If you love extreme monetary policy, this is your week.
The Fed under Bernanke has become so open, the meetings often seem anti-climactic. Still, they're sort of like a corporate earnings announcement -- there's always room for a surprise, so they bear watching.
The econ week (the part that counts) begins Tuesday with international trade at 8:30 a.m., continues through producer prices and retail sales, both on Thursday at 8:30 a.m., and culminates on Friday with the consumer price index at 8:30 a.m. and industrial production at 9:15 a.m.
This is also the penultimate week in the life of the December options. My practice is to close positions on Friday of the week preceding expiration week. The last day to trade the options is Dec. 20.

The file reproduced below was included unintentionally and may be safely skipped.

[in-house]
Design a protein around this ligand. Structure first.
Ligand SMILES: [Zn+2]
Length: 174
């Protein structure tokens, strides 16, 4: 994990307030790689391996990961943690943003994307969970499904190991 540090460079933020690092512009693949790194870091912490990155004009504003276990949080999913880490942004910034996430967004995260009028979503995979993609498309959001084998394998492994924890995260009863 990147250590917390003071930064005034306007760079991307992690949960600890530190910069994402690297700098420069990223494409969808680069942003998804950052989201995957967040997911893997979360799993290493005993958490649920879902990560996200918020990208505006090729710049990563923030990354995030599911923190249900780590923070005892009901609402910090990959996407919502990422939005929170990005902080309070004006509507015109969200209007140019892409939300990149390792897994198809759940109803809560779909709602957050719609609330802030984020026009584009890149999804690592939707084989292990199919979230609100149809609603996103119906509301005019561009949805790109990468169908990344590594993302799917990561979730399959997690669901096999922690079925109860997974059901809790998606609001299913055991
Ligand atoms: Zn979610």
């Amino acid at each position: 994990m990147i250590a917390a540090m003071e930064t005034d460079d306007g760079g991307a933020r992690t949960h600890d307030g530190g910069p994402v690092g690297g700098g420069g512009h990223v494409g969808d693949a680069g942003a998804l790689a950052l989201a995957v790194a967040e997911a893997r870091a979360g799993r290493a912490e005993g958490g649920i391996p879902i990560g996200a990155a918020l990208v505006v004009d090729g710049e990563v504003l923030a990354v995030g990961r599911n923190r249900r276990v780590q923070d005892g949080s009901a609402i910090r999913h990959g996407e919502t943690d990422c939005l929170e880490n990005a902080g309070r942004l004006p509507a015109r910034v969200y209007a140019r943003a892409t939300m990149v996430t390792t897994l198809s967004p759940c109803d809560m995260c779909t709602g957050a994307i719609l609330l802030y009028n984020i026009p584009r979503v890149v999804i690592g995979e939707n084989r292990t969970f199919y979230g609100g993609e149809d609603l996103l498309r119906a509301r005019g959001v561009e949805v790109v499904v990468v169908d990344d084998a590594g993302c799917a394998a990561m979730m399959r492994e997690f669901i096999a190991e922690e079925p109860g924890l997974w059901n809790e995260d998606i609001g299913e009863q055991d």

Leading indicators out this week (in order of importance):
The interest rate spread between 10-year Treasuries and the federal funds rate, reported continually during market hours.
The M2 money supply, moved to Friday 4:30 p.m. because of the holiday, from the Federal Reserve.
The S&P 500 index, reported continually during market hours.
Average weekly initial jobless claims, at 8:30 a.m. Thursday.
Other reports of interest:
Wednesday: Import and export prices at 8:30 a.m., petroleum inventories at 10:30 a.m., and the Treasury budget at 2 p.m.
Thursday: Business inventories at 10 a.m.
I also like to keep an eye on the Baltic dry index of world shipping, updated daily.
By my rules, as of Monday I can trade January short vertical spreads, butterfly spreads, iron condors, and the short legs of calendar and diagonal spreads, as well as March single options and straddles. Of course, shares are good at any time.
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